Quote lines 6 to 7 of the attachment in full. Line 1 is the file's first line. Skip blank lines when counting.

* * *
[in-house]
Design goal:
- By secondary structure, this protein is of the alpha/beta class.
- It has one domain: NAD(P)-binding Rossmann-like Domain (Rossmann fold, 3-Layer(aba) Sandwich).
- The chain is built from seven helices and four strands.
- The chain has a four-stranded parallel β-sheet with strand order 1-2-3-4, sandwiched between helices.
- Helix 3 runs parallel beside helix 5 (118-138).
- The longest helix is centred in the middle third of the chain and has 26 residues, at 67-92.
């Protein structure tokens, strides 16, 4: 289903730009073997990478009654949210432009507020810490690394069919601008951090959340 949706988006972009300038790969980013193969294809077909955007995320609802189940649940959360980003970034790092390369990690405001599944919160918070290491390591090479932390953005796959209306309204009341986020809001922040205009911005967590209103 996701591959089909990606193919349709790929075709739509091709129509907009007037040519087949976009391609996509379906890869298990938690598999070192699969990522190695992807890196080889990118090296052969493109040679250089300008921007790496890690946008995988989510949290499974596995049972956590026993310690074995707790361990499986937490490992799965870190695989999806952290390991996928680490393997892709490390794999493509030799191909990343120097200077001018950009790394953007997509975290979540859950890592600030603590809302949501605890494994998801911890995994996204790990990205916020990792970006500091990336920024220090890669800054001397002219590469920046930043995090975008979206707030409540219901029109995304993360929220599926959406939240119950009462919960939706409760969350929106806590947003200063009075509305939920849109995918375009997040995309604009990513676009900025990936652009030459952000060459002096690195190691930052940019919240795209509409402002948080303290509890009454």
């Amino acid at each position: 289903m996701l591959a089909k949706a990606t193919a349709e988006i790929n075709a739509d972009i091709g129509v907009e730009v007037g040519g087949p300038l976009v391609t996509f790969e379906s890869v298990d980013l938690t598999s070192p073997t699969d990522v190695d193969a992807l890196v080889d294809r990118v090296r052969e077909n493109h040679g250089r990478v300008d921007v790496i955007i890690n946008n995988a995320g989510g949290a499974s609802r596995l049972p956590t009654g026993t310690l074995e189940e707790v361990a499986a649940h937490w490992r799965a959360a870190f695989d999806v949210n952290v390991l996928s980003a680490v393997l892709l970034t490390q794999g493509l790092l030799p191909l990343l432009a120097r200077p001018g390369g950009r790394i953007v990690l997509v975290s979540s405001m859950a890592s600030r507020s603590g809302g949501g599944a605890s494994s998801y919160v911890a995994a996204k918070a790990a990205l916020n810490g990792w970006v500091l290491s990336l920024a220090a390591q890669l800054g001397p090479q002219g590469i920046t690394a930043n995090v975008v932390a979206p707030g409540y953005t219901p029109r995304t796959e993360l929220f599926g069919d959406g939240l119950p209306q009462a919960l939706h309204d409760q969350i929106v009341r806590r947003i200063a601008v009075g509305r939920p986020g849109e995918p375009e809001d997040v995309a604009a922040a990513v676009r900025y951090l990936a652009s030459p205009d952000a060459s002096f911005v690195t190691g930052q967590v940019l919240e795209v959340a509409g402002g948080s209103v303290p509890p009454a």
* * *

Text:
- The chain has a four-stranded parallel β-sheet with strand order 1-2-3-4, sandwiched between helices.
- Helix 3 runs parallel beside helix 5 (118-138).